This wine has been a favorite of mine since the '94 vintage and, unlike many similar bottlings, hasn't grown a huge ego pricewise.

This isn't an over-the-top, extracted cab but much more "traditional" in style. Deep purple with a slight garnet rim and slightly muted currant nose. Took several hours to open up, I recommending decanting if you have any. Tanins are soft, slightly gritty but well integrated and the wine is well balanced. Fruit is more elegant than overpowering and it was a good match with filet. Has one to two more years in it. Overall a nice but not exceptional wine. About 87pts or similar the speculators release score of 88.
Original Post
jhd;
Seems that alot of '96s were 'built' along that same vein (vine? Big Grin). I still have a few '96s - Benziger Rsv., Cinnabar St. Cruz Mtns., The Hess Collection; with little exception these wines are big wines in a somewhat more restrained way.

Don't know if it was the consumers' palate or the winemakers' touch that began the current hyper-extracted phenomenon, but it'd be if some wineries would have stuck to what put them on the map in the 1st place - good, solid, Bordeaux-like wines.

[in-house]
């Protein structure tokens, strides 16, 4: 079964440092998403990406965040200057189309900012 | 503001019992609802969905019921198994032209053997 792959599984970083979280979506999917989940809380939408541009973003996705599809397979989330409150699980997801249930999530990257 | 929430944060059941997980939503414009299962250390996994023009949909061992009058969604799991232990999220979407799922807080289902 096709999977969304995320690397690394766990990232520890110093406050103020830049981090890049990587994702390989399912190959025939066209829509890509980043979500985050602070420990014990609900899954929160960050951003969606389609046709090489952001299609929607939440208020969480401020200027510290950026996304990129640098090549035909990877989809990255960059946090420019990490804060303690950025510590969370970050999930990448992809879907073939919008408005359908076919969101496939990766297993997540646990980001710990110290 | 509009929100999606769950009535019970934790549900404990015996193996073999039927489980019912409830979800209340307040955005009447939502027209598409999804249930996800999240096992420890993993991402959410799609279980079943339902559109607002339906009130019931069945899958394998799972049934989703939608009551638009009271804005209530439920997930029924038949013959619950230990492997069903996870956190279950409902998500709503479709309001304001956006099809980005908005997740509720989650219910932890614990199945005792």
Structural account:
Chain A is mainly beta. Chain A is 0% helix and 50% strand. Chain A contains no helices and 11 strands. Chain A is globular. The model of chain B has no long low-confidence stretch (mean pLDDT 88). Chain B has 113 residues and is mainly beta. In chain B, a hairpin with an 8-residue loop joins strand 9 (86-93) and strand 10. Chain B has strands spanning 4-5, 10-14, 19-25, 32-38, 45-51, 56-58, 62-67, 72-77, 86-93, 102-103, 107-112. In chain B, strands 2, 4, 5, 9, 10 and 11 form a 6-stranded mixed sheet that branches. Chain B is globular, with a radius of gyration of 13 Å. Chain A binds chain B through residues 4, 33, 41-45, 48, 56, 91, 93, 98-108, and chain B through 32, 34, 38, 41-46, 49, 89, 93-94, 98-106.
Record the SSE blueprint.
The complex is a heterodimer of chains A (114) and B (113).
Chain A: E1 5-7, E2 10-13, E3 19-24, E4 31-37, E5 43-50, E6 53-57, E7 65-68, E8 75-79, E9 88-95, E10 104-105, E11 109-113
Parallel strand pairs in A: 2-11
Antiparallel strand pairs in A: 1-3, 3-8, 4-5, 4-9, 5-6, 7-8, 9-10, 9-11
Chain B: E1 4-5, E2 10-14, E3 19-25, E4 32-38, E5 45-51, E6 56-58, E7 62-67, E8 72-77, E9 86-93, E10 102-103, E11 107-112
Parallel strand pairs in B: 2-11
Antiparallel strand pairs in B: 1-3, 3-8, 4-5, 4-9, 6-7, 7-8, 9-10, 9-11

(musings from the great white thread-killer!)
kybo - I tend to agree. I've had very good luck with my '96s in general.

Another '96 which I felt was under-rated was the BV Tapestry, wonderful fruit and drinking very well right now. Also could be had for a reasonable price back then.

Now-a-days it seems you need to go to Washington or find a small winery with a small ego to get a very nice, reasonably priced cab.
Ya know, your comments on Washington were EXACTLY what I was thinking when I posted my original response:

Apex
Hedges RMR
Col Solare
CMS (vineyard-specific and Reserves)
Quilceda Creek
Gordon Brothers

and I'm sure there are countless others...these Cabs are MUCH more Bordeaux-like than just about anything CA is putting forward these days.

(musings from the great white thread-killer!)

Add Reply

Post
×
×
×
×
Link copied to your clipboard.
×